Wells Drug February

Molly’s Musings

Bringing back the ‘heart’

By Molly Young

A large scarlet “N” painted across her cheek, the woman walked past me wearing a red shirt with white lettering. At first glance, she looked much like the 80,000 other fans filtering into Memorial Stadium. Then I read her shirt.

“My ‘bofriend’ is back in town.”

And what a welcome her “bofriend” received.

In his two games as head coach of the Nebraska Cornhusker football team, Bo Pelini has transformed the Huskers beyond adding notches to the “win” column. Pelini has restored a sense of tradition, the foundation of Husker football and a concept his predecessor never seemed to grasp.

Admittedly, Saturday’s game versus San Jose State was a little shaky. And there were some interceptions during the season opener versus Western Michigan. But, I am not a sports writer, nor will I ever be. I don’t really care who missed a tackle or who dropped the ball. Repeat: I am not a sports writer.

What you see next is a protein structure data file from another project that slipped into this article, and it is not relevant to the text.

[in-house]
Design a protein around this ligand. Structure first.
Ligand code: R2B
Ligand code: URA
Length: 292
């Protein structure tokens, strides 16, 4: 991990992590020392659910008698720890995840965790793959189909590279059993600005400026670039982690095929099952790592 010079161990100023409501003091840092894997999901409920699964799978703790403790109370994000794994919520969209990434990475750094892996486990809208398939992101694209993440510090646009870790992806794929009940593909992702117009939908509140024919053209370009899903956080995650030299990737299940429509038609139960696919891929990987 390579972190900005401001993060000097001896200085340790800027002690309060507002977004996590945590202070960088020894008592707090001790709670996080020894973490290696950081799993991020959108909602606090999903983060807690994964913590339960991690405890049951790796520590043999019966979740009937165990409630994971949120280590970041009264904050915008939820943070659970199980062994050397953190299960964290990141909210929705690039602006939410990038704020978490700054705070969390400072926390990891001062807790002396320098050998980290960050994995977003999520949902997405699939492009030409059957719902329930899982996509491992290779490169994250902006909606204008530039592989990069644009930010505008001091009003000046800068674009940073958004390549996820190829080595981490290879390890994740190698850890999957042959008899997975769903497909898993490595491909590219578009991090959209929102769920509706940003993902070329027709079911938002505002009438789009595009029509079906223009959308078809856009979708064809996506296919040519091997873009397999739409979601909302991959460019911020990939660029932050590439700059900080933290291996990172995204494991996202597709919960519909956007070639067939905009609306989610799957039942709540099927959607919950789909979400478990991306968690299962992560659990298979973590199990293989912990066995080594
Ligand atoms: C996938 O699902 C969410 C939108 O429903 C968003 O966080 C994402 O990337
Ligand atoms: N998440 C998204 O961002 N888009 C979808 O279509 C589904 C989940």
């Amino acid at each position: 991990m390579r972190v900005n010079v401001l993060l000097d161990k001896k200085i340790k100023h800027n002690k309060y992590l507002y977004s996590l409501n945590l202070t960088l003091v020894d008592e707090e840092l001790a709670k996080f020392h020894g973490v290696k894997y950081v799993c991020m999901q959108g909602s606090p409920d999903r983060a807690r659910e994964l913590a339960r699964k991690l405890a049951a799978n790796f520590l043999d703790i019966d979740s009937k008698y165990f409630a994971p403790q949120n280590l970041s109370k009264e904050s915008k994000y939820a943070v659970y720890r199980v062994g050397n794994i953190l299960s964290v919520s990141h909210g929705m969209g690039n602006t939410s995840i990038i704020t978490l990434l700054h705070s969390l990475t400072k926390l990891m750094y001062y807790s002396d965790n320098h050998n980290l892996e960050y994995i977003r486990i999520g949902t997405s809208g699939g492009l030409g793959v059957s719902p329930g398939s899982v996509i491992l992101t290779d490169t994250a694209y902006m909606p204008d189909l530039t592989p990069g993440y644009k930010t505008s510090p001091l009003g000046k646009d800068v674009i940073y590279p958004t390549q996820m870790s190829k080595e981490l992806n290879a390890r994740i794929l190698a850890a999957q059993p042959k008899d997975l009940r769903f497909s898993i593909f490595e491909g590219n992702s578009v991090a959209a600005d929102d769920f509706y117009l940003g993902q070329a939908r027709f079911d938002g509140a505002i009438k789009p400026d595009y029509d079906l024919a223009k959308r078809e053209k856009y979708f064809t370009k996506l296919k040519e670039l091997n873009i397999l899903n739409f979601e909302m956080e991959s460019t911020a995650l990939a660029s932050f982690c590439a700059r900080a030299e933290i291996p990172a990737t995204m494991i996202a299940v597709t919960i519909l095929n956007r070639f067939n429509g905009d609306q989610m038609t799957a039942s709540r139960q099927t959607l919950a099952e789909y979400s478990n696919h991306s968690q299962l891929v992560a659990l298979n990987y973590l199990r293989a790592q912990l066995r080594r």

But I do know one thing. Husker football is, and always has been, about the team – the ritual of the Tunnel Walk, the unity on the field and the support of the sidelines.

Hartley Burr Alexander’s words, carved in stone above an entrance to Memorial Stadium, describe the true meaning of Husker football. “In the deed, the glory.”

Victory is desirable, but the true glory comes from effort and hard work.

As Nebraskans, this concept flows through our veins. The appeal of Husker football is not based on wins and losses. Instead, for five hours every Saturday, Nebraskans set their differences aside. Superficial things become meaningless, and society’s boundaries are broken. For a few hours a week, Nebraskans are one.

The gritty details really don’t matter. In five years nobody will remember the specifics of every game. What people will remember, however, are the pits in stomachs forming right before kickoff, the Midwest’s Red Sea engulfing the field, and the instantaneous roar erupting after touchdowns. These things are hard to forget.

Our “bofriend” came home, and he brought back the heart of Husker football.